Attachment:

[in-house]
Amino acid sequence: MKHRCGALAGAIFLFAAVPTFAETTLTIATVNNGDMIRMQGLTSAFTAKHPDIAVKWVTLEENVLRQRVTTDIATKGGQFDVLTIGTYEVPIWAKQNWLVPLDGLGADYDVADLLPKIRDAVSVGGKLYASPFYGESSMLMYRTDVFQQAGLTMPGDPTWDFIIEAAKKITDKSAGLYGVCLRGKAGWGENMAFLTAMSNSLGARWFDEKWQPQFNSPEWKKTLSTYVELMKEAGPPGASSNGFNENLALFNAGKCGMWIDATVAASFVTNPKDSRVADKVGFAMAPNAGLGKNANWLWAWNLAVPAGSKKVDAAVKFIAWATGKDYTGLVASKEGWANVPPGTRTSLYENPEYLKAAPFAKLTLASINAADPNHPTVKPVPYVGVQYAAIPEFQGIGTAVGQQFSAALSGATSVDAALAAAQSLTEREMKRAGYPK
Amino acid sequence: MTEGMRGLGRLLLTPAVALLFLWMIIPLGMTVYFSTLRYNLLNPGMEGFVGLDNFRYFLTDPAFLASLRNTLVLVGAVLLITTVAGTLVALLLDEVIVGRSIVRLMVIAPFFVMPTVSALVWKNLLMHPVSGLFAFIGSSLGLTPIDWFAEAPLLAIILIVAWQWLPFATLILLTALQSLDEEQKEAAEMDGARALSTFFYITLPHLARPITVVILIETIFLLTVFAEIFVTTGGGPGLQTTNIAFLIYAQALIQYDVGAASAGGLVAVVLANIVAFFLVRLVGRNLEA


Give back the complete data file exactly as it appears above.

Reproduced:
[in-house]
Amino acid sequence: MKHRCGALAGAIFLFAAVPTFAETTLTIATVNNGDMIRMQGLTSAFTAKHPDIAVKWVTLEENVLRQRVTTDIATKGGQFDVLTIGTYEVPIWAKQNWLVPLDGLGADYDVADLLPKIRDAVSVGGKLYASPFYGESSMLMYRTDVFQQAGLTMPGDPTWDFIIEAAKKITDKSAGLYGVCLRGKAGWGENMAFLTAMSNSLGARWFDEKWQPQFNSPEWKKTLSTYVELMKEAGPPGASSNGFNENLALFNAGKCGMWIDATVAASFVTNPKDSRVADKVGFAMAPNAGLGKNANWLWAWNLAVPAGSKKVDAAVKFIAWATGKDYTGLVASKEGWANVPPGTRTSLYENPEYLKAAPFAKLTLASINAADPNHPTVKPVPYVGVQYAAIPEFQGIGTAVGQQFSAALSGATSVDAALAAAQSLTEREMKRAGYPK
Amino acid sequence: MTEGMRGLGRLLLTPAVALLFLWMIIPLGMTVYFSTLRYNLLNPGMEGFVGLDNFRYFLTDPAFLASLRNTLVLVGAVLLITTVAGTLVALLLDEVIVGRSIVRLMVIAPFFVMPTVSALVWKNLLMHPVSGLFAFIGSSLGLTPIDWFAEAPLLAIILIVAWQWLPFATLILLTALQSLDEEQKEAAEMDGARALSTFFYITLPHLARPITVVILIETIFLLTVFAEIFVTTGGGPGLQTTNIAFLIYAQALIQYDVGAASAGGLVAVVLANIVAFFLVRLVGRNLEA